Structural Motifs of Wheat Straw Lignin Differ in Susceptibility to Degradation by the White-Rot Fungus Ceriporiopsis subvermispora
Erven, Gijs Van; Wang, Jianli ; Sun, Peicheng ; Waard, Pieter De; Putten, Jacinta Van Der; Frissen, Guus E. ; Gosselink, Richard J.A. ; Zinovyev, Grigory ; Potthast, Antje ; Berkel, Willem J.H. Van; Kabel, Mirjam A. - \ 2019
ACS sustainable chemistry & engineering 7 (2019)24. - ISSN 2168-0485 - p. 20032 - 20042.
biological pretreatment - lignin quantification - ligninolysis - NMR spectroscopy - oxidation - selective delignification - single-electron transfer - stereoselectivity
The white-rot fungus Ceriporiopsis subvermispora delignifies plant biomass extensively and selectively and, therefore, has great biotechnological potential. We previously demonstrated that after 7 weeks of fungal growth on wheat straw 70% w/w of lignin was removed and established the underlying degradation mechanisms via selectively extracted diagnostic substructures. In this work, we fractionated the residual (more intact) lignin and comprehensively characterized the obtained isolates to determine the susceptibility of wheat straw lignin's structural motifs to fungal degradation. Using 13C IS pyrolysis gas chromatography-mass spectrometry (py-GC-MS), heteronuclear single quantum coherence (HSQC) and 31P NMR spectroscopy, and size-exclusion chromatography (SEC) analyses, it was shown that β-O-4′ ethers and the more condensed phenylcoumarans and resinols were equally susceptible to fungal breakdown. Interestingly, for β-O-4′ ether substructures, marked cleavage preferences could be observed: β-O-4′-syringyl substructures were degraded more frequently than their β-O-4′-guaiacyl and β-O-4′-tricin analogues. Furthermore, diastereochemistry (threo > erythro) and γ-acylation (γ-OH > γ-acyl) influenced cleavage susceptibility. These results indicate that electron density of the 4′-O-coupled ring and local steric hindrance are important determinants of oxidative β-O-4′ ether degradation. Our findings provide novel insight into the delignification mechanisms of C. subvermispora and contribute to improving the valorization of lignocellulosic biomass.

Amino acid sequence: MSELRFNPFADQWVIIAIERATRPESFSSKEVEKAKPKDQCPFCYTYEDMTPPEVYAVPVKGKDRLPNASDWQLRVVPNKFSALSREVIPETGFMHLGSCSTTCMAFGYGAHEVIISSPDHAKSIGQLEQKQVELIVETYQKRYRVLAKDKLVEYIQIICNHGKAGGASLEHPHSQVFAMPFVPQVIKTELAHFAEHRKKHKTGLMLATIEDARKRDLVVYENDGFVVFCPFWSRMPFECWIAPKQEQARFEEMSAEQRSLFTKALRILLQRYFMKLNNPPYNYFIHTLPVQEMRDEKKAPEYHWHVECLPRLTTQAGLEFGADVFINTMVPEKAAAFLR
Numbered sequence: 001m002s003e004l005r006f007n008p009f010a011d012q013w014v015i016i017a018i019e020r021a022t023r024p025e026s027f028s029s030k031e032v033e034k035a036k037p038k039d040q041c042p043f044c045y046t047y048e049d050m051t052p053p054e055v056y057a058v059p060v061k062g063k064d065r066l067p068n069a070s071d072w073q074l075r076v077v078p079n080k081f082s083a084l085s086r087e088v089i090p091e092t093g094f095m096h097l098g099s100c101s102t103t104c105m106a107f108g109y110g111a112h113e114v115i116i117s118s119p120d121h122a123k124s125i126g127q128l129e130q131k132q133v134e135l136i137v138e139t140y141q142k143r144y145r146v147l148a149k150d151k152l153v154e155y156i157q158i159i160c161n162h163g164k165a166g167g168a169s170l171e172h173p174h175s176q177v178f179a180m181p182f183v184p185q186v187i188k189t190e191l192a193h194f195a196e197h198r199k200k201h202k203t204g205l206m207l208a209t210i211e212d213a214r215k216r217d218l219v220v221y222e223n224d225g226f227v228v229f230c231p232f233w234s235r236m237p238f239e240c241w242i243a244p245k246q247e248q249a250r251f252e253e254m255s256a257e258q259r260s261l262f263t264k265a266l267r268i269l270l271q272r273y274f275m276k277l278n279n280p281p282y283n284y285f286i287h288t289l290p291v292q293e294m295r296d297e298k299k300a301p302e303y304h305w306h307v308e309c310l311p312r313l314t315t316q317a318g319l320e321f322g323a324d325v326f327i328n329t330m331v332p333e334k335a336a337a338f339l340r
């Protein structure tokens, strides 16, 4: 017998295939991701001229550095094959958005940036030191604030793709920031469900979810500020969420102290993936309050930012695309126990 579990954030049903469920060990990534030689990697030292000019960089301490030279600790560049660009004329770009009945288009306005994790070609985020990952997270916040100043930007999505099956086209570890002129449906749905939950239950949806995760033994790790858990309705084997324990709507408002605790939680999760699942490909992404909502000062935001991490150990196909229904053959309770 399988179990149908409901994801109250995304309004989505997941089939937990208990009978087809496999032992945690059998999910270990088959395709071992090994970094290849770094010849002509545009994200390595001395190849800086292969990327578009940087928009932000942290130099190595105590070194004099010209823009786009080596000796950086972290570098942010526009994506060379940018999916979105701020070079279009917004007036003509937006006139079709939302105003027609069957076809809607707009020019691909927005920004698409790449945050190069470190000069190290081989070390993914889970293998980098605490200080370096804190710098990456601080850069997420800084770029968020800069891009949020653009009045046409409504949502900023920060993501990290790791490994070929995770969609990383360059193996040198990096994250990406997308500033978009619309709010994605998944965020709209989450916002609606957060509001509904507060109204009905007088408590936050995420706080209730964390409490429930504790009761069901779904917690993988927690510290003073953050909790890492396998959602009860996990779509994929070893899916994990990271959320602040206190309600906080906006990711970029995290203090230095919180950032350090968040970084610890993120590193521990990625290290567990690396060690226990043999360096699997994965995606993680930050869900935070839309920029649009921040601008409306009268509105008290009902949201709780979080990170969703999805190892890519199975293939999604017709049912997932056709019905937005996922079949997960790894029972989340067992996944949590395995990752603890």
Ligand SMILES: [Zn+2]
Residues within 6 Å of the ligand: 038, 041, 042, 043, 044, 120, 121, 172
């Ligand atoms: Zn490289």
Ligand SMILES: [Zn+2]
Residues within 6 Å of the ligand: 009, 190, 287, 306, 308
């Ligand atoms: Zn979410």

Antitumor astins originate from the endophyte Cyanodermella asteris living within the medicinal plant Aster tataricus
Schafhauser, T. ; Jahn, L. ; Kirchner, Norbert ; Kulik, Andreas ; Flor, L. ; Lang, A. ; Caradec, T. ; Fewer, D.P. ; Sivonen, K. ; Berkel, W.J.H. van; Jacques, P. ; Weber, T. ; Gross, H. ; Pée, K.H. van; Wohlleben, W. ; Ludwig-Müller, L. - \ 2019
Proceedings of the National Academy of Sciences of the United States of America 116 (2019)52. - ISSN 0027-8424 - p. 26909 - 26917.